Di West has been farming since she was a foetus. She thinks strawberries are best enjoyed raw and her favourite variety is called Splendour. We sat down at her kitchen table on Saturday, and while my kids pigged out on strawberries, she shared her top ten tips for choosing great strawberries.
how to choose great strawberries
1. strawberries don’t continue to ripen after picking. Look for dark red strawberries that look fresh.
2. buy strawberries packed in a cube. Strawberries packed in cube punnets have been quality and size graded. They’re picked, chilled, sorted and packed. Strawberries packed in long rectangular punnets are packed straight into punnets in the field to save costs. Packers are paid by the kilo, so they’re in a hurry and don’t have time to sort the good stuff from the seconds.
3. size doesn’t matter. Despite popular opinion, smaller strawberries aren’t sweeter that their larger mates. The sweetness of a strawberry is dependant on its variety and the weather. Sunshine makes the berries sweet.
4. strawberries are getting better. Years ago, all strawberries grown in Australia were the same variety. Now there are loads of different varieties all over the country, with new varieties trialled every year. Each of them offers something different, some are ready earlier, some tolerate rain better, some are sweeter, some are larger. You get the picture?
5. this year is a good year for strawberries. Cold nights, warm days and little rain are the trifecta of ideal conditions for strawberries. They’ll be sweet and should be a reasonable price. Di says the best way to support local farmers is to eat more strawberries. This is a support mission I can get behind!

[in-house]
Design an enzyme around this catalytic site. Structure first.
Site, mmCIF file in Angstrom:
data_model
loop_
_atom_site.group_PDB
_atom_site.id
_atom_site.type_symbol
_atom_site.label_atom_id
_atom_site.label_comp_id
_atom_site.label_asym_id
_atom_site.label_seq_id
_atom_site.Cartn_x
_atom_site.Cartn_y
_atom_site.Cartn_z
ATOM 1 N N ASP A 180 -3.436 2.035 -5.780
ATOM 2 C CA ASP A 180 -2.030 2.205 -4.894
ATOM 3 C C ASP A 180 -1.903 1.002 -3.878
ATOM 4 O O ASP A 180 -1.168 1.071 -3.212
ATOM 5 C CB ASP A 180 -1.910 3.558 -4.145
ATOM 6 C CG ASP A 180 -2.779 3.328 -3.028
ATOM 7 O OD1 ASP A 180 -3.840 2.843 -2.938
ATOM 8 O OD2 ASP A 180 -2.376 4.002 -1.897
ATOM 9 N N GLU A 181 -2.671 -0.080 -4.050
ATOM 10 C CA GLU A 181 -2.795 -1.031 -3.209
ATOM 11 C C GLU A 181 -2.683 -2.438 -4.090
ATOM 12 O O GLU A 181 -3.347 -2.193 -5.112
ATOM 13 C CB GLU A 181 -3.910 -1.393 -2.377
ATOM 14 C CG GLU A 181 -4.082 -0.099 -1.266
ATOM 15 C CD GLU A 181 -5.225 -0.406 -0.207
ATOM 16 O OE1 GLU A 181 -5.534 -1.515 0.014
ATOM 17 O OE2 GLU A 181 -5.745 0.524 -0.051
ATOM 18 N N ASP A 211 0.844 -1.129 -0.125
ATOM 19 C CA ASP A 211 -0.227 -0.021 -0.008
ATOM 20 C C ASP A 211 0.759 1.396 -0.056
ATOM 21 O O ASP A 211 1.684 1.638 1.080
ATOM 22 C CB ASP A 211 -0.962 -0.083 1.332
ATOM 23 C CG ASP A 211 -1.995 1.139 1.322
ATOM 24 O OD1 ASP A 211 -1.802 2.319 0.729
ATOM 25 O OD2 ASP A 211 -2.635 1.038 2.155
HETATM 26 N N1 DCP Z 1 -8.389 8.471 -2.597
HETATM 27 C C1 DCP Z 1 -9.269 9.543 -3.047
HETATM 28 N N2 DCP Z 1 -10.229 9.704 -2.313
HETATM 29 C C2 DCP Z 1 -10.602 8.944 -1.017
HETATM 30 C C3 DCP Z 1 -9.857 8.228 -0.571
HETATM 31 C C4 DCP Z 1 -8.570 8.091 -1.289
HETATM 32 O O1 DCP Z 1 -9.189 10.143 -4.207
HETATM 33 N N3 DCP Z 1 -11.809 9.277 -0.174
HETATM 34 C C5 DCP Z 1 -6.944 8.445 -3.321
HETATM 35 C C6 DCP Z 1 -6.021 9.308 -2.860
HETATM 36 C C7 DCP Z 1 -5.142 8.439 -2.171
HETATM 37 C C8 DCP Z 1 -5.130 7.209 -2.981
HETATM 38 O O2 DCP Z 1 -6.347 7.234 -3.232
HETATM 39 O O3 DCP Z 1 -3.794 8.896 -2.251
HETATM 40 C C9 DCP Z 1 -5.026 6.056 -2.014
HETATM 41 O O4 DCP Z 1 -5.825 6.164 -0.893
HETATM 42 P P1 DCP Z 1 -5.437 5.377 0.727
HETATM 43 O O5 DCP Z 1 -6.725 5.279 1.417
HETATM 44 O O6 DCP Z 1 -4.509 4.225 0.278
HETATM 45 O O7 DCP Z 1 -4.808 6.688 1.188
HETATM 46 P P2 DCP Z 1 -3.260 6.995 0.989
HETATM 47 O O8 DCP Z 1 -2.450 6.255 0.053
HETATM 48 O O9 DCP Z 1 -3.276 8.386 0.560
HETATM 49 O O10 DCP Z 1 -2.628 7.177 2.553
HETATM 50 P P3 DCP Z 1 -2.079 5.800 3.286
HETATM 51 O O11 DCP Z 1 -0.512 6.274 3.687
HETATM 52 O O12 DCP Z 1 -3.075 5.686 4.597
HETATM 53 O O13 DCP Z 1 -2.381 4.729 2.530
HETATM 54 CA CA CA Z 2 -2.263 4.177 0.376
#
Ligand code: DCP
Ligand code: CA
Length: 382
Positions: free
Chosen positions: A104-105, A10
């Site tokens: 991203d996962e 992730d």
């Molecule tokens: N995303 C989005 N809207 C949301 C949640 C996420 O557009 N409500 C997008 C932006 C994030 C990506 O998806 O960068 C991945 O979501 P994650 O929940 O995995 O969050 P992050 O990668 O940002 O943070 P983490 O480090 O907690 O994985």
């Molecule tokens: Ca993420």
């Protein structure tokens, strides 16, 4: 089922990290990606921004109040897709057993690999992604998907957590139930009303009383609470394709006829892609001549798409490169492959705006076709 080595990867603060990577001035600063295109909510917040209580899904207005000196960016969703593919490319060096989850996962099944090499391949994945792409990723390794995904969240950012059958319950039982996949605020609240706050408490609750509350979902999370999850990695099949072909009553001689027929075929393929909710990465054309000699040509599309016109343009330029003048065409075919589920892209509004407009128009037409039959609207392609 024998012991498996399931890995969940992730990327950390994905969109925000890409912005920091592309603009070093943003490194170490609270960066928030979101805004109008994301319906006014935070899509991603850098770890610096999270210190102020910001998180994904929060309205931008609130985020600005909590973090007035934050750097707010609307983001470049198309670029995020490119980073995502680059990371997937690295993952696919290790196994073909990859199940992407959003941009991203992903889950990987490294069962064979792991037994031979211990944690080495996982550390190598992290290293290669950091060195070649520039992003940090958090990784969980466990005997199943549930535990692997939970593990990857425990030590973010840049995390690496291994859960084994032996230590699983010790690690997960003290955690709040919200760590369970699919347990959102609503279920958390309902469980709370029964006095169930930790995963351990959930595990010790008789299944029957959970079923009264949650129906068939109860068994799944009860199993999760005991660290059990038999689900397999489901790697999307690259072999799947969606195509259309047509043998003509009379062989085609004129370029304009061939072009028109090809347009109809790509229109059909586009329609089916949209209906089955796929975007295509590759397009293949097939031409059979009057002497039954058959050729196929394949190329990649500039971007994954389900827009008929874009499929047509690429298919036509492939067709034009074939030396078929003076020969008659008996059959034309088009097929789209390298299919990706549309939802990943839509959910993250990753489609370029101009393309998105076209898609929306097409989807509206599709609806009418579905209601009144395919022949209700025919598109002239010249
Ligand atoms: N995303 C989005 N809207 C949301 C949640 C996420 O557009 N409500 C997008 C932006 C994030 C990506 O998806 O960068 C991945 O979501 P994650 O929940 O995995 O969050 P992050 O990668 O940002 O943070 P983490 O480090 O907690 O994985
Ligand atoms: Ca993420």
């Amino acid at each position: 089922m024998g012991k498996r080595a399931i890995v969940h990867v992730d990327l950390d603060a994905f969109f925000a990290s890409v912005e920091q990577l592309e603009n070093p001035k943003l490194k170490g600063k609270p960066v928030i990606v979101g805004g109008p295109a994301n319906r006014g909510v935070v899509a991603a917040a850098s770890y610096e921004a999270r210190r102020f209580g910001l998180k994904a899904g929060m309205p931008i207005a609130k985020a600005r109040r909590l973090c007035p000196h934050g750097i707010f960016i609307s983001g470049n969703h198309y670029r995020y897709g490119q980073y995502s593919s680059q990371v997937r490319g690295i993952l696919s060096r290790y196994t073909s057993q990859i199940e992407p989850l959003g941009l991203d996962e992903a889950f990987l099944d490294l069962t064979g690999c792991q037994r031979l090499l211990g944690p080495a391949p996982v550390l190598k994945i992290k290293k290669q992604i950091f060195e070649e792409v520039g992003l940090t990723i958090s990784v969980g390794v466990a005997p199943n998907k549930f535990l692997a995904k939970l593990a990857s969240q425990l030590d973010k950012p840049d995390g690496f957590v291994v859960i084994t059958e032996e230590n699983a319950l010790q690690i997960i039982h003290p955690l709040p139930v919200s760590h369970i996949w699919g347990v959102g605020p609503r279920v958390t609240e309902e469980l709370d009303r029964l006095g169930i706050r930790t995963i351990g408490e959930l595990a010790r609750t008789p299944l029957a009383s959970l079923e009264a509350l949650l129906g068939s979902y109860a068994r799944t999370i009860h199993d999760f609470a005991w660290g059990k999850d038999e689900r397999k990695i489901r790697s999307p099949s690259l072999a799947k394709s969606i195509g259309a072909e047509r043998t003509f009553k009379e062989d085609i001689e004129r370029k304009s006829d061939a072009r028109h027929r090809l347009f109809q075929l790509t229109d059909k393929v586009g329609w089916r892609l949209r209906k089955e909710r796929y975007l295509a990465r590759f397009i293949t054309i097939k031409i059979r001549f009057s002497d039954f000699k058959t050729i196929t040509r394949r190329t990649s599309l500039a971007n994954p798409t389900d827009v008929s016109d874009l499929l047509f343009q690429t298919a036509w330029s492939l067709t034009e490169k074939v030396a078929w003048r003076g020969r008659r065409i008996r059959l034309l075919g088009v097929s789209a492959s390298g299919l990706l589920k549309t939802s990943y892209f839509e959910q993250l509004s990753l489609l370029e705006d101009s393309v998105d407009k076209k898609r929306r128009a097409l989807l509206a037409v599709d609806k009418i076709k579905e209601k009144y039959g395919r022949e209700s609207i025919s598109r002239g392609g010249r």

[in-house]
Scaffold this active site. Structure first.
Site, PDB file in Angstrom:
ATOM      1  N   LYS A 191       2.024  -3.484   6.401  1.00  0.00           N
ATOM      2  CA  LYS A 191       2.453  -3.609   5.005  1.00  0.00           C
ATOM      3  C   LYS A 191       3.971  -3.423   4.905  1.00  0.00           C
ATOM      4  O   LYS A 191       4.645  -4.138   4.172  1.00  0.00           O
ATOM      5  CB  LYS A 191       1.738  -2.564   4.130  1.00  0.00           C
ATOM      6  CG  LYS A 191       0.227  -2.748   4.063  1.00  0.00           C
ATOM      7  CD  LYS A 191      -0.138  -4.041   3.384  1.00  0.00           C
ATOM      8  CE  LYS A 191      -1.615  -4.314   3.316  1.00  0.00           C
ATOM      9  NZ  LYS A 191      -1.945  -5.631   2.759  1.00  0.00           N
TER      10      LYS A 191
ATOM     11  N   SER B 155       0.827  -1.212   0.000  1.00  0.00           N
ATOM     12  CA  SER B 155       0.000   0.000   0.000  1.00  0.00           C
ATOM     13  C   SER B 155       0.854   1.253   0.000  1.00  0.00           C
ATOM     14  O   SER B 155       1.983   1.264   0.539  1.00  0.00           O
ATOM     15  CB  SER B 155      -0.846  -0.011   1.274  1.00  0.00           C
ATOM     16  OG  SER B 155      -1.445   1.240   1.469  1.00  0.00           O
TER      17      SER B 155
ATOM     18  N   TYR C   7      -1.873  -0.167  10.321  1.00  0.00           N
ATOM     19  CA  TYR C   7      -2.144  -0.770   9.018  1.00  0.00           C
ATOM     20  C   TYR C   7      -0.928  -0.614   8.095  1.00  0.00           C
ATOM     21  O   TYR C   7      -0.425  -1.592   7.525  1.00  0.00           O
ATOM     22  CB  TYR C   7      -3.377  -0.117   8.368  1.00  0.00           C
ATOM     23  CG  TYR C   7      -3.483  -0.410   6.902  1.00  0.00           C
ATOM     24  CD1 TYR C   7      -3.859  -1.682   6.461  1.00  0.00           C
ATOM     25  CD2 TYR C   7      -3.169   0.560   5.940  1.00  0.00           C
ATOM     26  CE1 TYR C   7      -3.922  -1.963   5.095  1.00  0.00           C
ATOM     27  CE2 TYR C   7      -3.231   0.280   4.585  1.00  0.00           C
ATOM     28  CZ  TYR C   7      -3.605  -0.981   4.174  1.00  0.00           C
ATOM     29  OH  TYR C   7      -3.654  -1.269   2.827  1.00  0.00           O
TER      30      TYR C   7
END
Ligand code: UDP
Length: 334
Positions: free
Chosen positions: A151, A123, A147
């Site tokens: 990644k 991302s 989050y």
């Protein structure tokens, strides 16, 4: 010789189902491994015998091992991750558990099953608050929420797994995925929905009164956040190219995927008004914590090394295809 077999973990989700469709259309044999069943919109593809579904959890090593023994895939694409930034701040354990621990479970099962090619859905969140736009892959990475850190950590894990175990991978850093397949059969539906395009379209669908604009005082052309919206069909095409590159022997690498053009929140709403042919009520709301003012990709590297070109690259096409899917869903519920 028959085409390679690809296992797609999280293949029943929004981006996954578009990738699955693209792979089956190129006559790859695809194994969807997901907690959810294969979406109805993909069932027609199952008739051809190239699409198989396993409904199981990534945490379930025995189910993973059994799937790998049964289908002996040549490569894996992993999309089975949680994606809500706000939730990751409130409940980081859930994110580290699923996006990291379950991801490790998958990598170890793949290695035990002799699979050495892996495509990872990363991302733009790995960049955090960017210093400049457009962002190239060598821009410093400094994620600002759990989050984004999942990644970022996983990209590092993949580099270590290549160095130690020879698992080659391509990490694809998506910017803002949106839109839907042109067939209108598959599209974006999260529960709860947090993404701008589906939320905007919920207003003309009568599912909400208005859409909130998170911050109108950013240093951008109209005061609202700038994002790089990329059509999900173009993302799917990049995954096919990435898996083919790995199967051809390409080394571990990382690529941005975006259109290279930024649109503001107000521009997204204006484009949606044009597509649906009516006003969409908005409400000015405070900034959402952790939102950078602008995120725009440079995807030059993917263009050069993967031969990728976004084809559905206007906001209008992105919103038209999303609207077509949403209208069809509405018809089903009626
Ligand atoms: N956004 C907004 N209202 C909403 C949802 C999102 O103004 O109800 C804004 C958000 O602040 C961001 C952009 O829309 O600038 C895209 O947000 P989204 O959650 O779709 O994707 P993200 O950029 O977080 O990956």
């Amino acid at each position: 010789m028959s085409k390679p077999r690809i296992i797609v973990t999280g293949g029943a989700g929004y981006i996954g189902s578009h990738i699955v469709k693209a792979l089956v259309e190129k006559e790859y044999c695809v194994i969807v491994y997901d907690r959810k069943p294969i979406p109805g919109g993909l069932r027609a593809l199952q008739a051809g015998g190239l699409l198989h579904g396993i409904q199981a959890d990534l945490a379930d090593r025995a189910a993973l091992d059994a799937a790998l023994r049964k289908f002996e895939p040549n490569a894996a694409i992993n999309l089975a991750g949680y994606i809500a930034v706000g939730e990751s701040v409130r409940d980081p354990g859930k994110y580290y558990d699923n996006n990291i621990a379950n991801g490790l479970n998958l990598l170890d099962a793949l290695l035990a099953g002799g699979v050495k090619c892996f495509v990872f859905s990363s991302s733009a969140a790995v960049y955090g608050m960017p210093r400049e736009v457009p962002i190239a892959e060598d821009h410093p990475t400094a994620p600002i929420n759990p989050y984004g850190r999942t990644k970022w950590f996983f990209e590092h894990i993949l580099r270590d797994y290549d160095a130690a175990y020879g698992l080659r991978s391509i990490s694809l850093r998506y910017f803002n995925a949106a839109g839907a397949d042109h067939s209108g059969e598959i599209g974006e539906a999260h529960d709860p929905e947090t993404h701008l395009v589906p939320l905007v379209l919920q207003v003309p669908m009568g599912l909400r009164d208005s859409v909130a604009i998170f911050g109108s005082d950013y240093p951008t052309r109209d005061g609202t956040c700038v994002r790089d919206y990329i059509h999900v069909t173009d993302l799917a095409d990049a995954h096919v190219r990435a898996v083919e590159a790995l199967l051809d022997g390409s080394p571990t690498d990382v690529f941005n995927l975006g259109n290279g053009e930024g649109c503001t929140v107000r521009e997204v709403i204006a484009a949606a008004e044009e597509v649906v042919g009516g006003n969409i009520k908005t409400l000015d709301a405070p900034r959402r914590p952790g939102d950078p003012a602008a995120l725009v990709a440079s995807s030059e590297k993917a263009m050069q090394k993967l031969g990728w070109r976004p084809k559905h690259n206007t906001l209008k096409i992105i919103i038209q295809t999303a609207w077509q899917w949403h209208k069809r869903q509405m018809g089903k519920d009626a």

6. varieties change over the season. Early varieties finish and late season varieties become available. They’re not labelled by variety, but if the berries look different, chances are they’ll taste different too.
7. you can buy straight from the grower. The majority of Di’s strawberries go to Coles and the markets in Sydney and Melbourne. If you’re lucky enough to live on the Sunshine Coast you can find Di and her family at the Noosa, Kawana, Nundah, Carseldine and Big Pineapple Markets. Look for the strawberry and banana bunting or ask for the slow-grown banana stall.
Now you’ve chosen great strawberries, get the most out of them:
8. eat them at room temperature. Strawberries have more flavour at room temperature, but they need to be kept in the fridge. If you’re having strawberries for breakfast, take them out of the fridge the night before.
9. don’t wash your strawberries until you’re ready to eat them. Strawberries are covered in very fine hairs which hold onto the water. If you wash them in advance, they’re more likely to spoil.
10. consumers can help improve strawberries. If you buy bad strawberries, complain. Strawberry growers want to ensure the quality of their product, so if you strike a bad punnet take it back. Woolworths and Coles offer money back guarantees so it’s worthwhile returning them.
love strawberries? keen to learn more about the farming process?
ever wondered what recipe strawberry farmers use to make strawberry jam?
If you liked this post, you’ll enjoy dishing the dirt on strawberries, where I share everything
Di told me about farming and jam I could hear Di telling me over the whinging of the Little Sister and the persistent begging for more strawberries by the Big Sister. (I’m pretty sure it was about farming and strawberry jam.)